5

if arguments.callee is not allowed in "use strict", and we can't do

var f = function g() {
    //g
}

because in IE that wouldn't work (or that would work "weirdly") http://kangax.github.com/nfe/#jscript-bugs, then what other options do we have to refer to the anonymous function within the function itself?

  • 2
    This is not an anonymous function. anonymous functions don't have a handle (like f in your case) – neebz Apr 22 '11 at 16:22
  • 4
    @nEEbz: It's the g that makes it not anonymous. The function in an expression `var f = function() {}`` is anonymous. – Tim Down Apr 22 '11 at 16:54
3

Don't use a named function expression. Just declare and initialize it the normal way.

function f() {
    f();
}

The only viable alternative with ES5 strict is to use the code in your question, and deal with IE's crappy NFE implementation. But: do you really expect a browser that gets NFEs so horribly wrong (ahem, IE) to implement "use strict" anytime soon?

  • @Matt Ball i may have been mistaken, but i remember reading that function declarations (the normal way) is not allowed in ES5 strict unless it is within the "global" scope.. – Pacerier Apr 22 '11 at 16:25
  • 1
    @Pacerier [citation needed] – Matt Ball Apr 22 '11 at 16:27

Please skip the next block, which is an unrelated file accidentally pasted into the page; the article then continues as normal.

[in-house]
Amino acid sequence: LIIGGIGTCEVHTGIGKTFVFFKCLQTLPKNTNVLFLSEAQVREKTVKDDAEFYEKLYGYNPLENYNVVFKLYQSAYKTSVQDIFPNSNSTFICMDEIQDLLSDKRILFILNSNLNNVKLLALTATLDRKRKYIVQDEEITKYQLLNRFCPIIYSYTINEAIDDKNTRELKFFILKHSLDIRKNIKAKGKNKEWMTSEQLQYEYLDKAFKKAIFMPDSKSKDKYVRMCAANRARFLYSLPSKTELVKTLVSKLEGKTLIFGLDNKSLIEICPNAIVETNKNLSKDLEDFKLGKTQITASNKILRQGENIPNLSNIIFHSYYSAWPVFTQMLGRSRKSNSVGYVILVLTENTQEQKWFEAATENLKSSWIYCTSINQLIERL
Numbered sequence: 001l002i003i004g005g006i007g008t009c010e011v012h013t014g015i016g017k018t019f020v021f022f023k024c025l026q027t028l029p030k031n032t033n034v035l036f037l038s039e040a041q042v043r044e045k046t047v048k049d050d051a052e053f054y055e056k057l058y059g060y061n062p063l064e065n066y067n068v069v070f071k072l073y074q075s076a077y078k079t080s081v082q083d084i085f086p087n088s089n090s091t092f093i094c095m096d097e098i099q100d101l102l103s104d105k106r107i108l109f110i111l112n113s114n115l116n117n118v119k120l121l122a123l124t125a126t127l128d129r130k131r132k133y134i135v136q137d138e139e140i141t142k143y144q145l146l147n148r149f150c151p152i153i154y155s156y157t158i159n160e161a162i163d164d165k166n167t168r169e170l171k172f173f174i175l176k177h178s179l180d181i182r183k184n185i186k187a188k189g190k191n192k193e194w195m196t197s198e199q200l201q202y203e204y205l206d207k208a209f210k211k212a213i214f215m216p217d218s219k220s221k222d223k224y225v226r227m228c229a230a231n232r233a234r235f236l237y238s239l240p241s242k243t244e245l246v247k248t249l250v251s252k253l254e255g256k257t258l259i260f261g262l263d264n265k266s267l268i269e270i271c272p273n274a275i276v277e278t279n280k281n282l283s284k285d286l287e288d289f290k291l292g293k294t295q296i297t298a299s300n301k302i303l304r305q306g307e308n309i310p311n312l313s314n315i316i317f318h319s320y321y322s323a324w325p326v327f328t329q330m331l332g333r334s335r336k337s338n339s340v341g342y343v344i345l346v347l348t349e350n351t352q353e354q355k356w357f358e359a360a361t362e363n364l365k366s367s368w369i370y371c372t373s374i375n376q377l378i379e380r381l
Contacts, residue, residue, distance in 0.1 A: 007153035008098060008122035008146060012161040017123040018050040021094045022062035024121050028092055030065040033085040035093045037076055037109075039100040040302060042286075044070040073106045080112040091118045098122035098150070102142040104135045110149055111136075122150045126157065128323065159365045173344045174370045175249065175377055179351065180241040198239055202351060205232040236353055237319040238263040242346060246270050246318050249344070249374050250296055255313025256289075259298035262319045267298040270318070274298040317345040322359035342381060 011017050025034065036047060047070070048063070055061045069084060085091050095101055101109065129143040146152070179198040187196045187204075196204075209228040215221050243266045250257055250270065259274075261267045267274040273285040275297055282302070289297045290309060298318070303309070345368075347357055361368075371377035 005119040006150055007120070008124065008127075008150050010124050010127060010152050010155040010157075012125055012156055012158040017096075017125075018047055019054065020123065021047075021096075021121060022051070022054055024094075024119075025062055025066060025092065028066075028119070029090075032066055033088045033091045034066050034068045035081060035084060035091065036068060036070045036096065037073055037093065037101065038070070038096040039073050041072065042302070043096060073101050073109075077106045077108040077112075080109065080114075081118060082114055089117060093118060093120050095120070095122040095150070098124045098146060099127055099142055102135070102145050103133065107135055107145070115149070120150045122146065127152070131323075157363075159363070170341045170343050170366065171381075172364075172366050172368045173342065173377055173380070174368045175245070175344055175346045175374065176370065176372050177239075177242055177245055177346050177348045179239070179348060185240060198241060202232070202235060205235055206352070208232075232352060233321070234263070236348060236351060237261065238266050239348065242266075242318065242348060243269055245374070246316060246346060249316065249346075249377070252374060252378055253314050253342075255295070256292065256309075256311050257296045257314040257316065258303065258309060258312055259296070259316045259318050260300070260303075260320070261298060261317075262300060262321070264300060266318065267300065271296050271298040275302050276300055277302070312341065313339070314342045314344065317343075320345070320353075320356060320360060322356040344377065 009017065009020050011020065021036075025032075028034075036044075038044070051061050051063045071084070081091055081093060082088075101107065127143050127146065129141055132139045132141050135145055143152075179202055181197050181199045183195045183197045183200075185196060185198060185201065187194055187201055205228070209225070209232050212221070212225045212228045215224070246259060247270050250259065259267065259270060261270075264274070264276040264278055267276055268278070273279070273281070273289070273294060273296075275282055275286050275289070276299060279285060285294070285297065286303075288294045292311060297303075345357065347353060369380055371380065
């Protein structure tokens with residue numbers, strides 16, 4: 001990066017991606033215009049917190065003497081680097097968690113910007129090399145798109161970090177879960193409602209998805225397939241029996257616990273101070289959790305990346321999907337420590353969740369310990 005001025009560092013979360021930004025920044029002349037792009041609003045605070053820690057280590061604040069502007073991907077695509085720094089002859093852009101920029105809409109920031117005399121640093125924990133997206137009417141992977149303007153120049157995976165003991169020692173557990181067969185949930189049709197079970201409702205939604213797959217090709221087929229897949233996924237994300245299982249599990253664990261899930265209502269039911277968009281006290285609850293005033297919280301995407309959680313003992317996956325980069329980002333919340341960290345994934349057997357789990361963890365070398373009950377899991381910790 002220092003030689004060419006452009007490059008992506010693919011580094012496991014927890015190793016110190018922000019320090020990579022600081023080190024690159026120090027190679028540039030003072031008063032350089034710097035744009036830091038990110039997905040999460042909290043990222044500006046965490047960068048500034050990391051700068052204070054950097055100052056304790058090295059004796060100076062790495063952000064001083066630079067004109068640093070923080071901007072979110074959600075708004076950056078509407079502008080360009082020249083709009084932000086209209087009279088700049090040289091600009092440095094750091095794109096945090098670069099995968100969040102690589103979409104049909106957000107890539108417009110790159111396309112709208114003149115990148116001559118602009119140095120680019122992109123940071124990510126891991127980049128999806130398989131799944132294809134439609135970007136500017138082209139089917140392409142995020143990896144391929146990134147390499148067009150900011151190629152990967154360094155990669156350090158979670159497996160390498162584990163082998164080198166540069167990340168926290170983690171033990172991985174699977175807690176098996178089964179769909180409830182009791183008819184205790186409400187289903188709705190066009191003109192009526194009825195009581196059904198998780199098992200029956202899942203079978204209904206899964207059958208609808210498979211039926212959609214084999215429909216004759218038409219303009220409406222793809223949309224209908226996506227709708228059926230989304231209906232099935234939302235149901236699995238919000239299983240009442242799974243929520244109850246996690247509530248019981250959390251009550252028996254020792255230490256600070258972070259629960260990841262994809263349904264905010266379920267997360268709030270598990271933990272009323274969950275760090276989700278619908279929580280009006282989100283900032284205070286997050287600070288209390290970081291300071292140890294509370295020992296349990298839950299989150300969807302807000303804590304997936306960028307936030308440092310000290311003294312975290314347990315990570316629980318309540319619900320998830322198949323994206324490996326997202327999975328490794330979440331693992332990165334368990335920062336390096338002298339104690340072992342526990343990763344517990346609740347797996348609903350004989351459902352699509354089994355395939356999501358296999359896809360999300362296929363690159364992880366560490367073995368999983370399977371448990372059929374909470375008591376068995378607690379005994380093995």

• @MattBall iE10 beta has use strict in it. It's beaten chrome/safari. – Raynos Apr 22 '11 at 16:28
  • 1
    @Pacerier: this MDC page makes me think you're remembering incorrectly. – Matt Ball Apr 22 '11 at 16:30
  • 2
    @Pacerier: function declarations are allowed in global or function code, but not within blocks. – Tim Down Apr 22 '11 at 16:56
3

That's precisely what the Y combinator is for.

Here's an article by James Coglan about deriving the Y combinator in JavaScript.

  • 1
    The Y combinator seems like overkill here. – Matt Ball Apr 22 '11 at 16:35
  • @Matt Ball: it's a generic solution to this problem that not only works for JavaScript but for any language. @jamietre's solution, for example, looks basically like an idiomatic JavaScript implementation of the Y combinator with some inlining applied. I doubt you can come up with such a trick yourself if you've never heard of the Y combinator. – Jörg W Mittag Apr 22 '11 at 16:48
  • This seems very complicate... – Derek 朕會功夫 Jul 16 '12 at 4:01
1

Here's a rather convoluted way to do it, but it works:

http://jsfiddle.net/4KKFN/4/

var f = function() {
    function f() {
        if (confirm('Keep going?')) {
            this.apply(this);
        }
    }
    f.apply(f);
}

f();
  • Can't say I'd actually use something like this in real code, but seems like a legit workaround... – Jamie Treworgy Apr 22 '11 at 16:37
  • Having now just read about "the Y combinator" (first I've ever heard of it) I realize, this is actually much the same thing. – Jamie Treworgy Apr 22 '11 at 16:48

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